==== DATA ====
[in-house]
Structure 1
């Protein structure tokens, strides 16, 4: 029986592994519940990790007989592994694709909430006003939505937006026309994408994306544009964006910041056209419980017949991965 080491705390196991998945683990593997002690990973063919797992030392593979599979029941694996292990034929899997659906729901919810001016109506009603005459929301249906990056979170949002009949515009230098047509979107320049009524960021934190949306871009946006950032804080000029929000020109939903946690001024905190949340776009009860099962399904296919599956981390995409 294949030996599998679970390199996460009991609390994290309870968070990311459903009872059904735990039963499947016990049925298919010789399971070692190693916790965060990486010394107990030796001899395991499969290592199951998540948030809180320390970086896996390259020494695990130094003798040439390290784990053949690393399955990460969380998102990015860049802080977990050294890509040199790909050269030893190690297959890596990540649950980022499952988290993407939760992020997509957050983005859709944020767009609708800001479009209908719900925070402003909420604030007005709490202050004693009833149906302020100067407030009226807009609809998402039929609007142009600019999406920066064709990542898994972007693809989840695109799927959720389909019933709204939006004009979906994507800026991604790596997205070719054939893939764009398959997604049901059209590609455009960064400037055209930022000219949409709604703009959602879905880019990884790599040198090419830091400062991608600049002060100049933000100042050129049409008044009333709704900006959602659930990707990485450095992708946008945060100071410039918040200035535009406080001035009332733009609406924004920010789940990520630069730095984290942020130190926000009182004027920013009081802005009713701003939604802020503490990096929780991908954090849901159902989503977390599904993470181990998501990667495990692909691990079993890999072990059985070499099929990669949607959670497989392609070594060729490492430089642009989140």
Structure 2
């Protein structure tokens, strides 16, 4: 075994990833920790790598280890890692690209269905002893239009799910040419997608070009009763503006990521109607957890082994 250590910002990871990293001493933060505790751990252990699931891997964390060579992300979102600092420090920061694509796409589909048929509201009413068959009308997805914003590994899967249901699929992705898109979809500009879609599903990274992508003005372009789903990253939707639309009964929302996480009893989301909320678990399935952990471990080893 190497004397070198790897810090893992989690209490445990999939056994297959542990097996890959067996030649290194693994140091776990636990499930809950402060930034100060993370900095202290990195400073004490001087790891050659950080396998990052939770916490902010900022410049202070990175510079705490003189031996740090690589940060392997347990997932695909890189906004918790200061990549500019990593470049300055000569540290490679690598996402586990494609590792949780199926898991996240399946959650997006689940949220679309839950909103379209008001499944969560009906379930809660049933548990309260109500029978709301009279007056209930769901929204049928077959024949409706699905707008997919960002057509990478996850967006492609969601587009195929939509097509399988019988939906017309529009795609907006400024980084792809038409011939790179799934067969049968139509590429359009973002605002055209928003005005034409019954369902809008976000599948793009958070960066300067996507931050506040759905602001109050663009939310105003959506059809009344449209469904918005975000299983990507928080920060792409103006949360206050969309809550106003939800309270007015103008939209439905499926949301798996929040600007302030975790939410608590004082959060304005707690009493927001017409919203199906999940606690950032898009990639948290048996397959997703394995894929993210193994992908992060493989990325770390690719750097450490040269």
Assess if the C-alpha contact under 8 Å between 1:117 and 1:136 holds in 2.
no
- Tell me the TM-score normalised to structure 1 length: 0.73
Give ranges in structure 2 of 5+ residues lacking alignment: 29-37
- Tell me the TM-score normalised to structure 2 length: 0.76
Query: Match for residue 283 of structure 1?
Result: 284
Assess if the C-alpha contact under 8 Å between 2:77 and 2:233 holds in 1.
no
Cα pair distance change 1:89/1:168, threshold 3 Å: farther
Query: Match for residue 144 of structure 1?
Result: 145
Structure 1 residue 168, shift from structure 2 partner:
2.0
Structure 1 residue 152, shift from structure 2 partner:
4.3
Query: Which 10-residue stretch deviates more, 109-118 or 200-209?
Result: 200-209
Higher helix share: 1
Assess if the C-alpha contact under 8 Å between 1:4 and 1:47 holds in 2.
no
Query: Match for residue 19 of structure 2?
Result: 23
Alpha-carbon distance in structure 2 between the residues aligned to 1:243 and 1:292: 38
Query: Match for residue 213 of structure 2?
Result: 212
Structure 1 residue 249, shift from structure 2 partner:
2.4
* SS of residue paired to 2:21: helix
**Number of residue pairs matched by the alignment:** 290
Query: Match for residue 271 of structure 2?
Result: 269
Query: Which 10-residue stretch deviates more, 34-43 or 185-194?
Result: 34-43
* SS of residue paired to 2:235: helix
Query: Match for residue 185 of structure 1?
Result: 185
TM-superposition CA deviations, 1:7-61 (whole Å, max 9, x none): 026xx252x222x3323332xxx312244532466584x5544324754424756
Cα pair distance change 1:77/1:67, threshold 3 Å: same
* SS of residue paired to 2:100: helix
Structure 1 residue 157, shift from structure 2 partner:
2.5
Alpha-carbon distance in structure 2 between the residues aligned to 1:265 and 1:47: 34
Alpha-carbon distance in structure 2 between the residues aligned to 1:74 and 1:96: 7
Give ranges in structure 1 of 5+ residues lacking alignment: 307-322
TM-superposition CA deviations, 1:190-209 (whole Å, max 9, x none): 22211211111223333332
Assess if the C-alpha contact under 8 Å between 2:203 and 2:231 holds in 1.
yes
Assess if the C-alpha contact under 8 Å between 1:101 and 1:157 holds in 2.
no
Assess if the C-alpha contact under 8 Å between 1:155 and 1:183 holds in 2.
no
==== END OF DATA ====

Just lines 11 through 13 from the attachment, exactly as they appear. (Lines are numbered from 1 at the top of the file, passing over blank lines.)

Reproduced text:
Query: Match for residue 283 of structure 1?
Result: 284
Assess if the C-alpha contact under 8 Å between 2:77 and 2:233 holds in 1.